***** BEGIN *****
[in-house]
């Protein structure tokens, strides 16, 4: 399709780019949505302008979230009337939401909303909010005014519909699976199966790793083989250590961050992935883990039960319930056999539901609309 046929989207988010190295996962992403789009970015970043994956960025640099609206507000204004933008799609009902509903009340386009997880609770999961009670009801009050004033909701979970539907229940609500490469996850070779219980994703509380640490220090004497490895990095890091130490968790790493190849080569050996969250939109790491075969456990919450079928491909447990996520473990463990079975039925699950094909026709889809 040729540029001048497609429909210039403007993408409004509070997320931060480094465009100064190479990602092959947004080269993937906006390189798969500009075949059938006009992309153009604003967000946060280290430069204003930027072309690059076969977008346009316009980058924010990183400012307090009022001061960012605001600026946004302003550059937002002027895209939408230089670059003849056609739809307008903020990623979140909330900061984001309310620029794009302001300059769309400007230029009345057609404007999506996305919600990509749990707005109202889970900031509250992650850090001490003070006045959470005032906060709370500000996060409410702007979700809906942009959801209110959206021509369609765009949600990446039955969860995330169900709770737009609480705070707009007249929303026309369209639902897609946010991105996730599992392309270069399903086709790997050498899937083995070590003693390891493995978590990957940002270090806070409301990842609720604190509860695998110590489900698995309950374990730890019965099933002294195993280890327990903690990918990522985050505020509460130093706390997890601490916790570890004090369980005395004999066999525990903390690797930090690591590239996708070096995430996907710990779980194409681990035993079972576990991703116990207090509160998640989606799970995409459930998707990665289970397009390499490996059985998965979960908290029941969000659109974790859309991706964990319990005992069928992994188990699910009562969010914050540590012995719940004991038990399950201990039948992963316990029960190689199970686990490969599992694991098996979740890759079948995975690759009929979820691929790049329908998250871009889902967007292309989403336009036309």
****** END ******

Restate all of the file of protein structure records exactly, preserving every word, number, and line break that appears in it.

[in-house]
């Protein structure tokens, strides 16, 4: 399709780019949505302008979230009337939401909303909010005014519909699976199966790793083989250590961050992935883990039960319930056999539901609309 046929989207988010190295996962992403789009970015970043994956960025640099609206507000204004933008799609009902509903009340386009997880609770999961009670009801009050004033909701979970539907229940609500490469996850070779219980994703509380640490220090004497490895990095890091130490968790790493190849080569050996969250939109790491075969456990919450079928491909447990996520473990463990079975039925699950094909026709889809 040729540029001048497609429909210039403007993408409004509070997320931060480094465009100064190479990602092959947004080269993937906006390189798969500009075949059938006009992309153009604003967000946060280290430069204003930027072309690059076969977008346009316009980058924010990183400012307090009022001061960012605001600026946004302003550059937002002027895209939408230089670059003849056609739809307008903020990623979140909330900061984001309310620029794009302001300059769309400007230029009345057609404007999506996305919600990509749990707005109202889970900031509250992650850090001490003070006045959470005032906060709370500000996060409410702007979700809906942009959801209110959206021509369609765009949600990446039955969860995330169900709770737009609480705070707009007249929303026309369209639902897609946010991105996730599992392309270069399903086709790997050498899937083995070590003693390891493995978590990957940002270090806070409301990842609720604190509860695998110590489900698995309950374990730890019965099933002294195993280890327990903690990918990522985050505020509460130093706390997890601490916790570890004090369980005395004999066999525990903390690797930090690591590239996708070096995430996907710990779980194409681990035993079972576990991703116990207090509160998640989606799970995409459930998707990665289970397009390499490996059985998965979960908290029941969000659109974790859309991706964990319990005992069928992994188990699910009562969010914050540590012995719940004991038990399950201990039948992963316990029960190689199970686990490969599992694991098996979740890759079948995975690759009929979820691929790049329908998250871009889902967007292309989403336009036309």